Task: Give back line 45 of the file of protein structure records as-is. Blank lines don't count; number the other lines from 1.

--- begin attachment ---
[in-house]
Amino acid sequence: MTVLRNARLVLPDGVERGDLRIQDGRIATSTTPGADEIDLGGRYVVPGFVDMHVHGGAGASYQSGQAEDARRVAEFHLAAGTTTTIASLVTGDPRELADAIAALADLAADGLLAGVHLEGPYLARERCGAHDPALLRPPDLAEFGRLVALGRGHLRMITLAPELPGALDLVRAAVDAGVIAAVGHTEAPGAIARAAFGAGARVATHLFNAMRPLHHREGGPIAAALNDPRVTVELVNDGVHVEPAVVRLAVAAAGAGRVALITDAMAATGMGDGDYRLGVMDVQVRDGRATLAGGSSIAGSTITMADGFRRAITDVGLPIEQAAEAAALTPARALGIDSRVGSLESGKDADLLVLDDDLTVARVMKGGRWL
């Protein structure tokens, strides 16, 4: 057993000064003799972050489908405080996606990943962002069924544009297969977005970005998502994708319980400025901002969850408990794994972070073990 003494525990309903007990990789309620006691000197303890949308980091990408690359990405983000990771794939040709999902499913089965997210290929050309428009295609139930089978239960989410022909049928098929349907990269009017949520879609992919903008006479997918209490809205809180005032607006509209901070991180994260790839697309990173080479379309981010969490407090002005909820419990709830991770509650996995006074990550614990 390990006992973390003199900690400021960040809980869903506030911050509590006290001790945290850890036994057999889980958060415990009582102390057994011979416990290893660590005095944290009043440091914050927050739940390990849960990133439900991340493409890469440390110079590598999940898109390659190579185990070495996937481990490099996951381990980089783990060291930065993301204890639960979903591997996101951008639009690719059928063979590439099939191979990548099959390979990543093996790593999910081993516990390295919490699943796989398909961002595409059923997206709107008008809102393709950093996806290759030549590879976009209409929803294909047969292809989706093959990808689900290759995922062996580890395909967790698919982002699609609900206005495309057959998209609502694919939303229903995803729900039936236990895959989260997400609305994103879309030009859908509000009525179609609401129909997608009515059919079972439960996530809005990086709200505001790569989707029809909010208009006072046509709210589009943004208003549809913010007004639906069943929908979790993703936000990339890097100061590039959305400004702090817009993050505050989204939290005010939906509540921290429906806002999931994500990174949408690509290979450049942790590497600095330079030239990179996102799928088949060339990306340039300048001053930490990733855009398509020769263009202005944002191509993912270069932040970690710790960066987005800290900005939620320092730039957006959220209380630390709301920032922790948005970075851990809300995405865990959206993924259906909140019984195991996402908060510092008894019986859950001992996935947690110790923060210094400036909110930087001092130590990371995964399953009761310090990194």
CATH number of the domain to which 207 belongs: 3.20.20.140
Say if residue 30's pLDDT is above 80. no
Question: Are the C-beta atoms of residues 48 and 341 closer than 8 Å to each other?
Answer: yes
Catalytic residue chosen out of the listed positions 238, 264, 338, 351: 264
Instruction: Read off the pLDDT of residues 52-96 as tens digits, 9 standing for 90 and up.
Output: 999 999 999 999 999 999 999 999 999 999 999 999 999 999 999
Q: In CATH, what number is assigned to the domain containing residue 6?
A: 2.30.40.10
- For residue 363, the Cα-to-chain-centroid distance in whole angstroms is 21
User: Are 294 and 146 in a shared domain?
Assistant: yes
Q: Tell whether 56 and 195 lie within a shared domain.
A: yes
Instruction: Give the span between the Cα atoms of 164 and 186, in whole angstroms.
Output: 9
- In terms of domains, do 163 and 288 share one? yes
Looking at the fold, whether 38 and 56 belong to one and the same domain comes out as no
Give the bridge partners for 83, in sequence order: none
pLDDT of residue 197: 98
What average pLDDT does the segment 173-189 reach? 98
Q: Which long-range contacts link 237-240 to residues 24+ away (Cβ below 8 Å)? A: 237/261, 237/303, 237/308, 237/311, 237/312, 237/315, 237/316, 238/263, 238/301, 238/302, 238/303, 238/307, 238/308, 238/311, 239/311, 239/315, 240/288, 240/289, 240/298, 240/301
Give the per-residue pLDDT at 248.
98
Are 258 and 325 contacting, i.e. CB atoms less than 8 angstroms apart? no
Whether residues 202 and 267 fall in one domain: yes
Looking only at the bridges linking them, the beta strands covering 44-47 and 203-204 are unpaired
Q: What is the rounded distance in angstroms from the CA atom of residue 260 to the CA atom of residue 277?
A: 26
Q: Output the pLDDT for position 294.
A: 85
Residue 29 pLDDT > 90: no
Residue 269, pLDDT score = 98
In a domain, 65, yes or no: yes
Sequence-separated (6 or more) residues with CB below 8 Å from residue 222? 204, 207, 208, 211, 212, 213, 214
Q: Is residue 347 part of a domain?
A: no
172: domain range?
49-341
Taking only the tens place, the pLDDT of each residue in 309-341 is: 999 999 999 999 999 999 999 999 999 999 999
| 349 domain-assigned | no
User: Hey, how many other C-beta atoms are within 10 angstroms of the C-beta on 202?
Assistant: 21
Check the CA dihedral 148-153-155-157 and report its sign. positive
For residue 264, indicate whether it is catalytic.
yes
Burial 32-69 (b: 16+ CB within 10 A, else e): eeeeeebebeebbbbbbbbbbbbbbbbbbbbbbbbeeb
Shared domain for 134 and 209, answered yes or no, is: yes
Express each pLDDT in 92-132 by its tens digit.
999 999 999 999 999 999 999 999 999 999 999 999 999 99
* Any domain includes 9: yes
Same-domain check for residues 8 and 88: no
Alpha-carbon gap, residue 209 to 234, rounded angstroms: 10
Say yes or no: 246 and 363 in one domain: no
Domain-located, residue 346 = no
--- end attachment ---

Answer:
User: Hey, how many other C-beta atoms are within 10 angstroms of the C-beta on 202?